Giant cell carcinoma of the lung successfully treated with surgical resection and adjuvant vinorelbine and cisplatin
Respir Med Case Rep
© 2018 Giant Cell Carcinoma of the lung, a subtype of Sarcomatoid lung cancer is a poorly differentiated Non-Small-Cell Lung Cancer. GCCL has exceptionally aggressive characteristics, and its prognosis is much poorer than any other NSCLCs. Herein, we present a rare case of Giant Cell Carcinoma of lung treated successfully with surgical resection and adjuvant vinorelbine and cisplatin. A 48-year-old African American man with a history of smoking and chronic obstructive pulmonary disease was admitted to the hospital for chief complaints of shortness of breath. He was found to have a 3.5 cm × 3.3 cm x 2.8 cm cavitary right upper lobe mass which turned out to be poorly differentiated Giant Cell Carcinoma with extensive necrosis and deemed similar to stage 1b non-small cell lung cancer. He was successfully treated with right upper lobectomy and adjuvant chemotherapy with vinorelbine and cisplatin. He was followed for seven years with no evidence of recurrent disease. Giant Cell Carcinoma's existing literature is limited, and hence our case is reportable. Our case is unique because of the better outcome which we believe might be the result of early detection and treatment with surgical resection along with adjuvant chemotherapy. More studies are needed to deeply understand the need for adjuvant chemotherapy in stage 1 b GCCL, and proper guidelines are required for the indications of adjuvant chemotherapy in Stage 1b GCCL.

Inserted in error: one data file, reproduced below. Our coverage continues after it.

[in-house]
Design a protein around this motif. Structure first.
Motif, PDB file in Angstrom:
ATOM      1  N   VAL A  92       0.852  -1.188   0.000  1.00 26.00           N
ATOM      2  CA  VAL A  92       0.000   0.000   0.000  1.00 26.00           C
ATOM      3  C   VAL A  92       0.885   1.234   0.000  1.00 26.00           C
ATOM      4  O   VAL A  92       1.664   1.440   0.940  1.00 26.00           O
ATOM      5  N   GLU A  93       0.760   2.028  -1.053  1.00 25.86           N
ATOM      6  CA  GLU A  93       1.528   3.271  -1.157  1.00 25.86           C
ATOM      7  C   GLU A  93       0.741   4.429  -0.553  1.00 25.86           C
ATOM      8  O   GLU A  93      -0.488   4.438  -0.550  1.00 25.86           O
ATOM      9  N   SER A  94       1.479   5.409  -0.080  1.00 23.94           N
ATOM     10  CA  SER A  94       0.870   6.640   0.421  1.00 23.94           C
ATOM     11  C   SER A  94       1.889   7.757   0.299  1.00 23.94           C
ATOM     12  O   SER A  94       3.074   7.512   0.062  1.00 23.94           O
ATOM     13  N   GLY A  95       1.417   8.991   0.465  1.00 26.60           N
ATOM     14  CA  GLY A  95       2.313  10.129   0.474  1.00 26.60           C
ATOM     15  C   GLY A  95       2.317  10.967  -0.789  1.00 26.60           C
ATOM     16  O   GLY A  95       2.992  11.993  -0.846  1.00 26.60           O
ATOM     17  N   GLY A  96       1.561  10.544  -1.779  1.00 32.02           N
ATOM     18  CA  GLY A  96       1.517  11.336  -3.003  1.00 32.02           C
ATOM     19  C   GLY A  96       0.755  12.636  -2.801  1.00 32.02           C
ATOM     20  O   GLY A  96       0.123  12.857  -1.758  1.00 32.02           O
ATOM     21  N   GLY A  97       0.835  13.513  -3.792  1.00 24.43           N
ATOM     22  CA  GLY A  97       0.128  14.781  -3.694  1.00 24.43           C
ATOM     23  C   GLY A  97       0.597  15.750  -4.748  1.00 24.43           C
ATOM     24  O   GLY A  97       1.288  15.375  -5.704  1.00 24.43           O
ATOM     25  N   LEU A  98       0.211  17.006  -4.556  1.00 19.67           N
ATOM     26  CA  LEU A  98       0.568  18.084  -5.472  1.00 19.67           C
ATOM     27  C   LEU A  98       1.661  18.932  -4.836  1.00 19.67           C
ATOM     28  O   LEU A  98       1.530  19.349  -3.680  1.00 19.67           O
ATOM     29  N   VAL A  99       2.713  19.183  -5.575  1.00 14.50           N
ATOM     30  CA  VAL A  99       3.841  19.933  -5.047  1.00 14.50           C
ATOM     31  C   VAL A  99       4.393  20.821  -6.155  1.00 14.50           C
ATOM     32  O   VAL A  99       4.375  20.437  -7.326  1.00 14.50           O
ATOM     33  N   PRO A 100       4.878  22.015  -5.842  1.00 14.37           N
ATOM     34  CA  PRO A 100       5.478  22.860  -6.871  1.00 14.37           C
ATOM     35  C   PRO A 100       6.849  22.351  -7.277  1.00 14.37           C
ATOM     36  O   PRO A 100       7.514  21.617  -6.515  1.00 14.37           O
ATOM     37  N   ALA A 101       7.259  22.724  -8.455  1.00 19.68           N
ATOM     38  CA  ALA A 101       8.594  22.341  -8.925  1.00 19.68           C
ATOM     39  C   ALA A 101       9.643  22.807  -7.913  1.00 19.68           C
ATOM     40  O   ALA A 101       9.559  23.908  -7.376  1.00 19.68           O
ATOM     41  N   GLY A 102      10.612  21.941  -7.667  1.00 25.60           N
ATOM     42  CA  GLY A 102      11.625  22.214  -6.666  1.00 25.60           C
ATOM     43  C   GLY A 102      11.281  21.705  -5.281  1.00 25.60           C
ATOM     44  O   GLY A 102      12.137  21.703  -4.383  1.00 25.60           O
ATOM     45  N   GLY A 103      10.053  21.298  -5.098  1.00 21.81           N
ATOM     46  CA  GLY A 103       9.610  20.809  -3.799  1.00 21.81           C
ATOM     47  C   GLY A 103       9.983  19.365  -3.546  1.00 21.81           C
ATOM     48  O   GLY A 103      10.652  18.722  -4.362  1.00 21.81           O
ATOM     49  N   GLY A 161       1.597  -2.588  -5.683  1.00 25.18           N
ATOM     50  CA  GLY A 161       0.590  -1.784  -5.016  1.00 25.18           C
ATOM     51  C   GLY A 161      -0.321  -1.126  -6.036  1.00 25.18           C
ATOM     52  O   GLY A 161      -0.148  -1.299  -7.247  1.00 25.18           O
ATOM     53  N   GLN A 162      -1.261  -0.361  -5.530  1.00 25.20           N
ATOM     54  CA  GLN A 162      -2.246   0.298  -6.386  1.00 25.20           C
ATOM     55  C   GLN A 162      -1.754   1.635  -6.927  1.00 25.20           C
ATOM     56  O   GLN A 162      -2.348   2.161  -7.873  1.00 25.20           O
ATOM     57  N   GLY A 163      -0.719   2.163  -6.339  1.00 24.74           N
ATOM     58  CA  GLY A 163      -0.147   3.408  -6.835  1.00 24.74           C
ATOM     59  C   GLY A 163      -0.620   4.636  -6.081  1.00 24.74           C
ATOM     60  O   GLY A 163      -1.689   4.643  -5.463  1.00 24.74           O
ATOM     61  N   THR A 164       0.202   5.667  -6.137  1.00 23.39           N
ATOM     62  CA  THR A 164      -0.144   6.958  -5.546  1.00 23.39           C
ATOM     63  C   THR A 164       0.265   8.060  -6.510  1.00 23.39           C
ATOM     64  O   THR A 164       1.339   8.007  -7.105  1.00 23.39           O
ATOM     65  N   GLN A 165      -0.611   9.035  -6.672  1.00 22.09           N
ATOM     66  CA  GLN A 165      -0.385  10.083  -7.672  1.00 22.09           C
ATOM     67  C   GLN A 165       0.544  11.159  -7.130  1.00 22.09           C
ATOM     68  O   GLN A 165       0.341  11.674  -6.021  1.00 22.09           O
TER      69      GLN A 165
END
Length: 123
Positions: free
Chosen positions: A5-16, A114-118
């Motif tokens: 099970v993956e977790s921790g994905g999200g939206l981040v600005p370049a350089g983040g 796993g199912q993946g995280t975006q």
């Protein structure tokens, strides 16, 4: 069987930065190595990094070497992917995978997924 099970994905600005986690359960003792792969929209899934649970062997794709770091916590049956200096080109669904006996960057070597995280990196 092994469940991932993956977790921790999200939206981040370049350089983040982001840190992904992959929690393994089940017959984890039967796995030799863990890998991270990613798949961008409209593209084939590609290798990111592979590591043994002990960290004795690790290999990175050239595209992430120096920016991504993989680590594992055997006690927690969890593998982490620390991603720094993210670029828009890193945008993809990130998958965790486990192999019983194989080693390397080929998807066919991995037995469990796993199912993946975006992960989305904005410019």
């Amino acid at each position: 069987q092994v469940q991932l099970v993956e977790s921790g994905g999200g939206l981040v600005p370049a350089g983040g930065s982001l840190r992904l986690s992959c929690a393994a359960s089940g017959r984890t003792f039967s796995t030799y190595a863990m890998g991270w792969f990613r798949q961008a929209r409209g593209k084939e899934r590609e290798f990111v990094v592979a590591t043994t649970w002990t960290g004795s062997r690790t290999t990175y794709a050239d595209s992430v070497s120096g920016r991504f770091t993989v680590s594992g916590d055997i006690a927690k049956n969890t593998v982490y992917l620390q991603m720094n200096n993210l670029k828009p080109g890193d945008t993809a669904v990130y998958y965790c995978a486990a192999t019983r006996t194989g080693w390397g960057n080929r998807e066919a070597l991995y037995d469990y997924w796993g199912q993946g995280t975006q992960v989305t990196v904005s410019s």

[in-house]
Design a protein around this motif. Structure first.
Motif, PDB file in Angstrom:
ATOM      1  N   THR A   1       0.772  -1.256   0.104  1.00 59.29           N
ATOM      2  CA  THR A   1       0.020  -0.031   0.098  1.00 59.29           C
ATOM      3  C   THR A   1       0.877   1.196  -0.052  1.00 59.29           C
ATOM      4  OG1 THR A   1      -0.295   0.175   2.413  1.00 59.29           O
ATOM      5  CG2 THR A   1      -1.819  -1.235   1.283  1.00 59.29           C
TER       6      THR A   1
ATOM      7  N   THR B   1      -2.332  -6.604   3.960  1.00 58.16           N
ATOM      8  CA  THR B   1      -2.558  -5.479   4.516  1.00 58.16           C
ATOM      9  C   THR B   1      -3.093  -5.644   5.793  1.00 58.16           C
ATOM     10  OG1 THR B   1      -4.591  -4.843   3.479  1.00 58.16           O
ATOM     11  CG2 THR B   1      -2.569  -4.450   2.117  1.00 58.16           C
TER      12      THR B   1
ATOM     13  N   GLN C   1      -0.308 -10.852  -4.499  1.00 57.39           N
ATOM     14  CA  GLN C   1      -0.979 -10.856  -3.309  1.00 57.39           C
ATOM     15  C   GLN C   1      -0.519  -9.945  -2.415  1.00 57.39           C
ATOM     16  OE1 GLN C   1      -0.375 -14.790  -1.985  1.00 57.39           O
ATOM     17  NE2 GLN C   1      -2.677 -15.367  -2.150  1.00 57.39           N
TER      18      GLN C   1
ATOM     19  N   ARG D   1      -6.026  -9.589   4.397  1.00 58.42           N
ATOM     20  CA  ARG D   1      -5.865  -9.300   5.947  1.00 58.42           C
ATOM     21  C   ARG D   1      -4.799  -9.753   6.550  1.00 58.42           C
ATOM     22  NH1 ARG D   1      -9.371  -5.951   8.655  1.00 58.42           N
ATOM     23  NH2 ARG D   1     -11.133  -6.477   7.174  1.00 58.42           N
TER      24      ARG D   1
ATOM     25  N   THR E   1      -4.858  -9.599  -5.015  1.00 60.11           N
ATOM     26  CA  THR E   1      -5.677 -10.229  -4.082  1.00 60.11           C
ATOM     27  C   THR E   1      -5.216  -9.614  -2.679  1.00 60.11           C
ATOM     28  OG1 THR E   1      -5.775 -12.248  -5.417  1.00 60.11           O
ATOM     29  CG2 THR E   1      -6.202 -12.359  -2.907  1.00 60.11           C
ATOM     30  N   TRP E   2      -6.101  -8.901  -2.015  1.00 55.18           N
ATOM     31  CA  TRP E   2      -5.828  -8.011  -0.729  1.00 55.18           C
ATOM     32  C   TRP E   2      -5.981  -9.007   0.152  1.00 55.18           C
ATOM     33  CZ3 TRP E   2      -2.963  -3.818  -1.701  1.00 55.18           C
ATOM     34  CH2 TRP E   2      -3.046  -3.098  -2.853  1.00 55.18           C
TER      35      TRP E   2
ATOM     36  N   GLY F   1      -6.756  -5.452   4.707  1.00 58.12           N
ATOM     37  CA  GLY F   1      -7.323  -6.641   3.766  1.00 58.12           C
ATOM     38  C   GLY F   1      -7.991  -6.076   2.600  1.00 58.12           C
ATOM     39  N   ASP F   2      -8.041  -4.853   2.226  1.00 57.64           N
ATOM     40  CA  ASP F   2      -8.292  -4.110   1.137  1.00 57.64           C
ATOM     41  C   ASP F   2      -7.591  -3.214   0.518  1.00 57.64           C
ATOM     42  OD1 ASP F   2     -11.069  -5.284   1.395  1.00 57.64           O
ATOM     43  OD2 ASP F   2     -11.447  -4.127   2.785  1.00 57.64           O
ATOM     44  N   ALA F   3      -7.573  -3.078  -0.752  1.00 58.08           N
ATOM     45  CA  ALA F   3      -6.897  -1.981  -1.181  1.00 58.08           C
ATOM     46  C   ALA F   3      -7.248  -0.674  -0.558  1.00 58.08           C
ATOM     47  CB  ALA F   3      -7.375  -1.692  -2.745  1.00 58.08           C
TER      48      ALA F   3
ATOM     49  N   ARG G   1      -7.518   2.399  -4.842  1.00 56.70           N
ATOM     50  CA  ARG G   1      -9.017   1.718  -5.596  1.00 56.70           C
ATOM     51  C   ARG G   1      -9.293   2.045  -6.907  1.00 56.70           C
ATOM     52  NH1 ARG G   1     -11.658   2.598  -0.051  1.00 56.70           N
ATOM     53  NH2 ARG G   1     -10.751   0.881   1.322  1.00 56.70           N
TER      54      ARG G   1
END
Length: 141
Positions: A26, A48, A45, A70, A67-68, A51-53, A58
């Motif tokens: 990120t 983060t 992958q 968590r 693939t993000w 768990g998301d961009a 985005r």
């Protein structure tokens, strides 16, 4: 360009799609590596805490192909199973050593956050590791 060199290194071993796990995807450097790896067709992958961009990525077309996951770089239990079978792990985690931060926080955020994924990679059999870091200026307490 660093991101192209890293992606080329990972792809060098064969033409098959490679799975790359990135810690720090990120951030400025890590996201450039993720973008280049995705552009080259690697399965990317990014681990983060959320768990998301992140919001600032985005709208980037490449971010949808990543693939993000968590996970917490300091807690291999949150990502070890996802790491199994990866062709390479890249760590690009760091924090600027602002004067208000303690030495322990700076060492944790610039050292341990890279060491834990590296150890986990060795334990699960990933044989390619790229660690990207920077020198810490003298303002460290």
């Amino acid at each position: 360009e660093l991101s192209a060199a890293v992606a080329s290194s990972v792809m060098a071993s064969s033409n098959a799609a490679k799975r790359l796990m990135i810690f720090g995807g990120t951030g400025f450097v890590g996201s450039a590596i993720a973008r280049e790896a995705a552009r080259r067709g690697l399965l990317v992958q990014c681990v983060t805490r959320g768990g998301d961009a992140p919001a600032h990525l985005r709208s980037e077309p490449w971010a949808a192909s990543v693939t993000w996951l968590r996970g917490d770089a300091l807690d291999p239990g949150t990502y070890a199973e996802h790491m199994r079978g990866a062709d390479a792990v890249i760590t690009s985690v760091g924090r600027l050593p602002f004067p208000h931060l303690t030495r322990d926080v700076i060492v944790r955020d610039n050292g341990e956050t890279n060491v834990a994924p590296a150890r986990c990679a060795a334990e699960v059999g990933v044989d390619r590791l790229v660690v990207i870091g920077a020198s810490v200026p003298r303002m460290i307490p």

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Faculty; Northwell Researcher
School of Medicine; Northwell Resident
Pulmonary, Critical Care, and Sleep Medicine